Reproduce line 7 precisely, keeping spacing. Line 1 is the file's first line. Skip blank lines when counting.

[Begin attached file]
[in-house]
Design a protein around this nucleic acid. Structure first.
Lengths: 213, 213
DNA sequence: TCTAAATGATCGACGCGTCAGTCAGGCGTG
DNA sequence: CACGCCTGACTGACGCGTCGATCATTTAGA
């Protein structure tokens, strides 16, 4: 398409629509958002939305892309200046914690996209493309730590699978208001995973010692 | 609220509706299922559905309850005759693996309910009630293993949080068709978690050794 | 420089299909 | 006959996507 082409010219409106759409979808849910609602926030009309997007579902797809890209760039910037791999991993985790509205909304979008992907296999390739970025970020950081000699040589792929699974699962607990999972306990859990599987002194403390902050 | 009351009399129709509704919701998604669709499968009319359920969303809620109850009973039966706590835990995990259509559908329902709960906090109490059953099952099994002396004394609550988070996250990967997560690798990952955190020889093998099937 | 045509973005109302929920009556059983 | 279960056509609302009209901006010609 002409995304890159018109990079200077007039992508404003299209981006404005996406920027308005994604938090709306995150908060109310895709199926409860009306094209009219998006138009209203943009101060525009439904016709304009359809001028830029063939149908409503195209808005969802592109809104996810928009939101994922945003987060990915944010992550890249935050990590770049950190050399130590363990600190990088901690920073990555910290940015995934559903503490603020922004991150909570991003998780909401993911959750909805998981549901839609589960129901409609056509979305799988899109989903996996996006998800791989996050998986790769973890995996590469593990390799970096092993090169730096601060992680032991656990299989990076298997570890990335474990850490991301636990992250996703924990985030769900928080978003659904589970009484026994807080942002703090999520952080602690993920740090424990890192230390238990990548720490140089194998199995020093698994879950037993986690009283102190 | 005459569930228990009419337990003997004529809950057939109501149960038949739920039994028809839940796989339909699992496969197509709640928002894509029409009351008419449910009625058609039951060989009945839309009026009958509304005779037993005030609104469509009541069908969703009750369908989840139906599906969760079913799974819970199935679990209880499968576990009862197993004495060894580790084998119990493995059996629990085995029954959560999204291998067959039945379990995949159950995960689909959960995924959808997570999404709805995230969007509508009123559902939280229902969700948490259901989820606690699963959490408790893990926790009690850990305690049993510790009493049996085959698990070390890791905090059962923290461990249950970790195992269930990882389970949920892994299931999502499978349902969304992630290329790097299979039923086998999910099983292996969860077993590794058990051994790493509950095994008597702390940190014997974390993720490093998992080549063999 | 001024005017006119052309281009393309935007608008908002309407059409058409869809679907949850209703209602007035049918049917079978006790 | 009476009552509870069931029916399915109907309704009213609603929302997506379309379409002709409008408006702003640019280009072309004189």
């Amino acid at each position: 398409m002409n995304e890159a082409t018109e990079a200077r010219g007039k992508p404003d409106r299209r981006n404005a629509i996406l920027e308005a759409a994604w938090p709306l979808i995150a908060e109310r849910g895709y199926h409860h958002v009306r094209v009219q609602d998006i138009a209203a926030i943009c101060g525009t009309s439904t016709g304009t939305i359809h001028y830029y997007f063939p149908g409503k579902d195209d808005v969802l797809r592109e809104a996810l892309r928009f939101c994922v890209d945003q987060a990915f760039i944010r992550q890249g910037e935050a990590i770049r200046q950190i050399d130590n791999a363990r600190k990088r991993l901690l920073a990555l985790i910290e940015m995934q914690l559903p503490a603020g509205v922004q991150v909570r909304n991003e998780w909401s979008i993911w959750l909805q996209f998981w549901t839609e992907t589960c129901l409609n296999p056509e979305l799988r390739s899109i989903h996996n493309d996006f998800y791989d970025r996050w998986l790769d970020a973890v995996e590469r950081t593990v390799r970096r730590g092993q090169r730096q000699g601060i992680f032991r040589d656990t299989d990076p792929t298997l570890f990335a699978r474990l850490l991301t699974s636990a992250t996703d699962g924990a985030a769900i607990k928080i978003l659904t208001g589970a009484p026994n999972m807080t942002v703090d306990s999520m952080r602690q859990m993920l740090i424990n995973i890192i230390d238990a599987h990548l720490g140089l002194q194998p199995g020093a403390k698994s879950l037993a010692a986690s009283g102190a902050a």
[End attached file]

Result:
């Amino acid at each position: 398409m002409n995304e890159a082409t018109e990079a200077r010219g007039k992508p404003d409106r299209r981006n404005a629509i996406l920027e308005a759409a994604w938090p709306l979808i995150a908060e109310r849910g895709y199926h409860h958002v009306r094209v009219q609602d998006i138009a209203a926030i943009c101060g525009t009309s439904t016709g304009t939305i359809h001028y830029y997007f063939p149908g409503k579902d195209d808005v969802l797809r592109e809104a996810l892309r928009f939101c994922v890209d945003q987060a990915f760039i944010r992550q890249g910037e935050a990590i770049r200046q950190i050399d130590n791999a363990r600190k990088r991993l901690l920073a990555l985790i910290e940015m995934q914690l559903p503490a603020g509205v922004q991150v909570r909304n991003e998780w909401s979008i993911w959750l909805q996209f998981w549901t839609e992907t589960c129901l409609n296999p056509e979305l799988r390739s899109i989903h996996n493309d996006f998800y791989d970025r996050w998986l790769d970020a973890v995996e590469r950081t593990v390799r970096r730590g092993q090169r730096q000699g601060i992680f032991r040589d656990t299989d990076p792929t298997l570890f990335a699978r474990l850490l991301t699974s636990a992250t996703d699962g924990a985030a769900i607990k928080i978003l659904t208001g589970a009484p026994n999972m807080t942002v703090d306990s999520m952080r602690q859990m993920l740090i424990n995973i890192i230390d238990a599987h990548l720490g140089l002194q194998p199995g020093a403390k698994s879950l037993a010692a986690s009283g102190a902050a």